Our build approach should be described as Building For The Open not Building In The Open. A prior investigation identified a number of concerns surrounding Building In In The Open:

  • A public cloud-based build system would likely be slower than a self-hosted solution as CPU/IO performance will be constrained - this is deemed a migration concern
  • A public cloud-based build system would need our access key for publishing artifacts to a cloud-based artifact repository - this is deemed an unacceptable security risk
  • A public cloud-based build system would download third party dependencies from the Internet without a virus scan - this is deemed an unacceptable security risk

We use an internal Jenkins job for compiling, testing, packaging, and publishing changes.

Release Candidates

These are artifacts intended for development usage. Release candidate versioning is derived from Semantic Versioning and is as follows:

<latest-major>.<latest-minor +1>.0-SNAPSHOT

The following repositories are technology-specific implementations of the HMRC versioning strategy:

An increment of the major version is controlled in the build.sbt file and read by sbt-git-versioning. If the majorVersion is increased, the version will be



These are uniquely versioned artifacts sourced from a Release Candidate via Releaser and intended for production usage. The versioning scheme is:

<major version>.<minor version>.<hotfix version>

Our internal jenkins job automatically tags the GitHub repository upon success jenkins - 1.0.0 tagged by alice on 23 Mar 15.


Consider Alice working on domain. The most recent Release to production was 1.1.0 and she wants to release commits #abcdefg, #bbcdefg, #bbcdefh, #bbcdefi, #cbcdefg, and #dbcdefg yielding a minor version, a minor version, a major version, and a hotfix version.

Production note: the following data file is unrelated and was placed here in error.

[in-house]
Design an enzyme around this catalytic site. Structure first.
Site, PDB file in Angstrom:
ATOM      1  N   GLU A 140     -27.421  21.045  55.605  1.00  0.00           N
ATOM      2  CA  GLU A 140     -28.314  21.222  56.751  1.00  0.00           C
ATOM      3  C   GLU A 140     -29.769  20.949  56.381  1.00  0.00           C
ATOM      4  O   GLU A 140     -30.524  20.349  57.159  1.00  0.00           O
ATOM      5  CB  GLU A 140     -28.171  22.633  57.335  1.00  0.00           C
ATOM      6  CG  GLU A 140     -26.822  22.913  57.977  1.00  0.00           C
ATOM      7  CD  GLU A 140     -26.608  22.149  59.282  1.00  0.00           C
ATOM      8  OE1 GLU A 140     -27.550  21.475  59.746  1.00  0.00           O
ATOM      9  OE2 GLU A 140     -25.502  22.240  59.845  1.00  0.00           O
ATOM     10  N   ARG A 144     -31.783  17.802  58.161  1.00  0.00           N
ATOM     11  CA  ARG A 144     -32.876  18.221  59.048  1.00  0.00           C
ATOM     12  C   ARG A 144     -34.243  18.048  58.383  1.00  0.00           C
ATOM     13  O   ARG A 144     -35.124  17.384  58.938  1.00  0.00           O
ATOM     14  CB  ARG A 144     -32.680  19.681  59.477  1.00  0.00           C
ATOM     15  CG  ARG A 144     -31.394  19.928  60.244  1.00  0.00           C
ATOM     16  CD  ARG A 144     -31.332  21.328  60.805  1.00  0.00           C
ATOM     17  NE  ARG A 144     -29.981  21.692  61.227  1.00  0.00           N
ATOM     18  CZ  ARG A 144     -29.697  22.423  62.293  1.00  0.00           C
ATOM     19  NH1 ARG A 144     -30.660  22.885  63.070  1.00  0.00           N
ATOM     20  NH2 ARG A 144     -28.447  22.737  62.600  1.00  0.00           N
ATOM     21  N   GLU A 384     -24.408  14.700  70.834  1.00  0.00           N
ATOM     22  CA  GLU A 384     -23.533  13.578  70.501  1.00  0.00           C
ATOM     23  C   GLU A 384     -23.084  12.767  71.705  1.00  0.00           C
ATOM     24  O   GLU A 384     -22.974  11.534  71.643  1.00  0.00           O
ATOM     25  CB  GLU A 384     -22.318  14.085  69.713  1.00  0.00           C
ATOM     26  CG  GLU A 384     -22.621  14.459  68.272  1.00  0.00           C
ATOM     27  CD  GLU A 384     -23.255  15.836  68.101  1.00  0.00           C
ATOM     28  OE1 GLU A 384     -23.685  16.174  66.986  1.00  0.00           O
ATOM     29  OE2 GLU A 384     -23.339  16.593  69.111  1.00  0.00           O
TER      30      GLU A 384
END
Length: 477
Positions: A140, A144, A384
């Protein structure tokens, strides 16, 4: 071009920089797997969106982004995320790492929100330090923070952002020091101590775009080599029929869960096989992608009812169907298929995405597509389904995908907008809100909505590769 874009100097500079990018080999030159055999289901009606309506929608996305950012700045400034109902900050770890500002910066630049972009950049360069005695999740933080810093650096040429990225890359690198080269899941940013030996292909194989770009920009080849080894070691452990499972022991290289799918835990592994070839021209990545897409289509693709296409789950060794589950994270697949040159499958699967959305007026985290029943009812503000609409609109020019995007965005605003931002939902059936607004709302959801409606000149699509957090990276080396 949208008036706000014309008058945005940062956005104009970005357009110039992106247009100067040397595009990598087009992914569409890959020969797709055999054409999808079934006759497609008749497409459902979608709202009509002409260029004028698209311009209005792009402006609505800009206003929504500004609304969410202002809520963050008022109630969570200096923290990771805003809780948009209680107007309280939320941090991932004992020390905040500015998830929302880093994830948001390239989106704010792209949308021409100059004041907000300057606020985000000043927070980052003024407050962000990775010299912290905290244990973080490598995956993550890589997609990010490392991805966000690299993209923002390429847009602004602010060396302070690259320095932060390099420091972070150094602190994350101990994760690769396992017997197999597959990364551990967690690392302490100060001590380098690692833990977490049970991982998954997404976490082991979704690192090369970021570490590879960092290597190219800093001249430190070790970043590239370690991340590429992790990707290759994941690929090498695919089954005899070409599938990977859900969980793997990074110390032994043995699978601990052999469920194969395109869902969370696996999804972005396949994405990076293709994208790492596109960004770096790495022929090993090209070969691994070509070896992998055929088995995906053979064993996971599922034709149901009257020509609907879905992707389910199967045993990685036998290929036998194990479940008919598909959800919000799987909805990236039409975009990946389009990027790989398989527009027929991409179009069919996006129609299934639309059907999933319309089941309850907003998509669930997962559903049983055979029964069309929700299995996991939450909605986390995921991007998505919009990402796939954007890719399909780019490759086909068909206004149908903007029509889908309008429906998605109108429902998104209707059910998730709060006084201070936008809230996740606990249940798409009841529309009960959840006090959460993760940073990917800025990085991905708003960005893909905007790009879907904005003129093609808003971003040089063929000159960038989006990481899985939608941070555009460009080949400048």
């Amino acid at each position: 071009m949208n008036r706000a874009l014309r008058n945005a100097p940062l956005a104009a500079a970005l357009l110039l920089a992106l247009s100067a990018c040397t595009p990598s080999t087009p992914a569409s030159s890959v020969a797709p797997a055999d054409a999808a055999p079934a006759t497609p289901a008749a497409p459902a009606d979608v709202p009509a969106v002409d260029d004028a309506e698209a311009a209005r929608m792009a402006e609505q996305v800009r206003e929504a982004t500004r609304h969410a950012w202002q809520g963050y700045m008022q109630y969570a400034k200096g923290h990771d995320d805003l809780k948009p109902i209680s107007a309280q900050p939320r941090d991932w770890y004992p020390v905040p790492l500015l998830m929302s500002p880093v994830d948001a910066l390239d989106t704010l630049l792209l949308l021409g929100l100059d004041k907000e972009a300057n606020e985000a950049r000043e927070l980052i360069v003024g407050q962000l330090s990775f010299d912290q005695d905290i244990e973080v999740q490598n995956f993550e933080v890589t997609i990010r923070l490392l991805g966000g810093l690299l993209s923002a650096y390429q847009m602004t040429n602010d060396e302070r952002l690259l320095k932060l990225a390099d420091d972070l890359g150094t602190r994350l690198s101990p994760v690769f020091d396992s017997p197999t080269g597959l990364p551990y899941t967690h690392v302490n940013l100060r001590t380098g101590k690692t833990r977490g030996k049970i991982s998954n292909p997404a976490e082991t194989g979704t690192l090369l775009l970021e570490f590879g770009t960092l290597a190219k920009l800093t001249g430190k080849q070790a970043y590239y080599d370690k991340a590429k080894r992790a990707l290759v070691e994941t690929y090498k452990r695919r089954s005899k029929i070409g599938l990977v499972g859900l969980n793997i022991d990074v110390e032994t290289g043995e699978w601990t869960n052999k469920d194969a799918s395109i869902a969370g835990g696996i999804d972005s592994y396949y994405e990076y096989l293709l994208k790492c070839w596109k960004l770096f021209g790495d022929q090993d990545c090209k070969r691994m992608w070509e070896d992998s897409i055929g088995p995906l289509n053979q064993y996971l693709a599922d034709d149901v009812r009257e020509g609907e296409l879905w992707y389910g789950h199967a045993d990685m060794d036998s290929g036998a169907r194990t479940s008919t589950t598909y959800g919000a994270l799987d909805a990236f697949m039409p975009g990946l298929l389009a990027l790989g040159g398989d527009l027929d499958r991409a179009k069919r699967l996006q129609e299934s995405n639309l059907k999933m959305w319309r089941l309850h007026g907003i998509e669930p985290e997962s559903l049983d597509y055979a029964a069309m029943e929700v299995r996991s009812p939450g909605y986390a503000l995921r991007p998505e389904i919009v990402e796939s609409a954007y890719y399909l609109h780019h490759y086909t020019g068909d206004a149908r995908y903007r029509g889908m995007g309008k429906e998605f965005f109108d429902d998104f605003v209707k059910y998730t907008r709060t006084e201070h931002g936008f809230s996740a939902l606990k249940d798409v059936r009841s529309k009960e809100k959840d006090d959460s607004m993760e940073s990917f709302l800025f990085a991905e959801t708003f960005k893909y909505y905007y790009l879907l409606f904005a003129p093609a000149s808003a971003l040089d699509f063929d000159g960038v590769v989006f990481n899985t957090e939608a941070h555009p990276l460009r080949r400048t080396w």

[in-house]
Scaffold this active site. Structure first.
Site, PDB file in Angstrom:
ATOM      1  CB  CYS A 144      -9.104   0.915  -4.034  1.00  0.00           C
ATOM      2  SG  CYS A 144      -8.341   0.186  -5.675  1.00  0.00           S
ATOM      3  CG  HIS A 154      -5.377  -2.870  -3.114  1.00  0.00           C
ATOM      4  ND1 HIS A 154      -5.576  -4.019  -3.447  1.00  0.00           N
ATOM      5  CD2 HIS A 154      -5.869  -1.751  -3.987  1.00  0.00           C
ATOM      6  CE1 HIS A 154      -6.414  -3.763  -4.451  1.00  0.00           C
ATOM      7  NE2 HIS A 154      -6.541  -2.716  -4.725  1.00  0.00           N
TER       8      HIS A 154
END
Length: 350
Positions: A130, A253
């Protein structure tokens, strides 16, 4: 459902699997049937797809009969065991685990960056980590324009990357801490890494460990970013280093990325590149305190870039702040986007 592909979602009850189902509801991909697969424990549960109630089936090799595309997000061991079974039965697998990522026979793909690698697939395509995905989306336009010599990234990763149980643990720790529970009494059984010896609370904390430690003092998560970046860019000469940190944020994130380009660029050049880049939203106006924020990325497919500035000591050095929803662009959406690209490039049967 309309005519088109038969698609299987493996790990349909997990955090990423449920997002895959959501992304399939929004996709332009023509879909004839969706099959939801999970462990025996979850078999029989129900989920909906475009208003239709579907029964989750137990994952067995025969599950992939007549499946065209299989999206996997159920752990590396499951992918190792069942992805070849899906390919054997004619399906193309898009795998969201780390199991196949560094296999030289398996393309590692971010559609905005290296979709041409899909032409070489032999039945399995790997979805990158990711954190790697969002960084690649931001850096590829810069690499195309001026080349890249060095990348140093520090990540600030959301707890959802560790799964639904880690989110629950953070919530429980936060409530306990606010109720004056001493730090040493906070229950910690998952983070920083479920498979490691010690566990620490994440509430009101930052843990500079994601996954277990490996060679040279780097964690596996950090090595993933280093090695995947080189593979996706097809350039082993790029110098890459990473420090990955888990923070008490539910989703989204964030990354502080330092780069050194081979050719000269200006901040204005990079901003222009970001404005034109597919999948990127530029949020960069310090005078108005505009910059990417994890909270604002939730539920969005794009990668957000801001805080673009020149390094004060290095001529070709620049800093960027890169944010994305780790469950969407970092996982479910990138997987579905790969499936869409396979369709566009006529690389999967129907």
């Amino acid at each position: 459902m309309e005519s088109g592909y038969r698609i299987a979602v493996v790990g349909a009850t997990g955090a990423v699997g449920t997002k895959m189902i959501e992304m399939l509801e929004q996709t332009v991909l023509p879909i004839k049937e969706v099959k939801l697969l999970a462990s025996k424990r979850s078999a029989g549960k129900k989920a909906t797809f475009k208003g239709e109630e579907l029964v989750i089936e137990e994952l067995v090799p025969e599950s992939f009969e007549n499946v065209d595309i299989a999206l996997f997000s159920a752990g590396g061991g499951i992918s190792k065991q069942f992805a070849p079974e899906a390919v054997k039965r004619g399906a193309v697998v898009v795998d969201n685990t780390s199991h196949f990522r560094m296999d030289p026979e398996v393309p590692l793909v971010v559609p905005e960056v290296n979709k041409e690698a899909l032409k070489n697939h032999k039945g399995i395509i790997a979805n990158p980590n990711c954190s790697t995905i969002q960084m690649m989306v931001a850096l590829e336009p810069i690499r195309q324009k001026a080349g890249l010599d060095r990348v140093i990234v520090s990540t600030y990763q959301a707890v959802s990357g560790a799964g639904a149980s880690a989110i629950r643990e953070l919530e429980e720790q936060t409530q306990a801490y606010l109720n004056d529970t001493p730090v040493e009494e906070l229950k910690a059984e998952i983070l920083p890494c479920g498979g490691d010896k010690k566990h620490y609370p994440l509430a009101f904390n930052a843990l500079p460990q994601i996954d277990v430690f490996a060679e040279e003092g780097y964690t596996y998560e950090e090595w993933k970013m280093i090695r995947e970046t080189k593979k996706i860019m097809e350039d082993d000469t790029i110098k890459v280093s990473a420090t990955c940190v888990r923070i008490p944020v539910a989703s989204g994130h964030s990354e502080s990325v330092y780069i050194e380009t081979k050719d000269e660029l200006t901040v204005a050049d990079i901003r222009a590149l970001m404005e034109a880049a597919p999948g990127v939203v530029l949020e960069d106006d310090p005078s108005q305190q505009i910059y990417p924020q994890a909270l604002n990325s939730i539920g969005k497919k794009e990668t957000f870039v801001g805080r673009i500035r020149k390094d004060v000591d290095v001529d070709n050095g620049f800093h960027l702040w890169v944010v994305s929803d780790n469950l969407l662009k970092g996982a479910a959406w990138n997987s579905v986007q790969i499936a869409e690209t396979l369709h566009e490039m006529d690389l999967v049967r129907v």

1. #abcdefg -> 1.2.0
    1. Alice starts development on main from 1.1.0 (Release Candidate 1.2.0-SNAPSHOT)
    2. Alice tests and commits #abcdefg and pushes to main
    3. The internal build job compiles, tests and releases a minor version: 1.2.0
  2. #bbcdefg -> 1.3.0
    1. Alice starts development on main from 1.2.0 (Release Candidate 1.3.0-SNAPSHOT)
    2. Alice tests and commits #bbcdefg, #bbcdefh, #bbcdefi, and pushes to main
    3. The internal build job compiles, tests and releases a minor version: 1.3.0
  3. #cbcdefg -> 2.0.0
    1. Alice increases the majorVersion property in build.sbt. From 1 to 2
    2. Alice starts development on main from 1.3.0 (Release Candidate 2.0.0-SNAPSHOT)
    3. Alice tests and commits #cbcdefg and pushes to main
    4. The internal build job compiles, tests and releases a major version: 2.0.0
  4. #dbcdefg -> 1.3.1
    1. Alice creates a 1.3.0-hotfix branch from 1.3.0 on main i.e. commit #bbcdefi
    2. Alice develops and tests a local Release Candidate 1.3.1-SNAPSHOT
    3. Alice tests and commits #dbcdefg and pushes to branch 1.3.0-hotfix
    4. The internal build job understands a hotfix has to be created because it is building from a branch instead of main. It compiles, tests and releases a patch version: 1.3.1

There is an internal HMRC document called “Migrating To Building For The Open” that describes how to migrate an internal build to

Artifacts In The Open

All Releases of libraries are hosted at HMRC Open Artefacts in order to be used by the public if desired. The archives containing the packaged microservices are not published, as their only purpose is to be deployed on the HMRC environments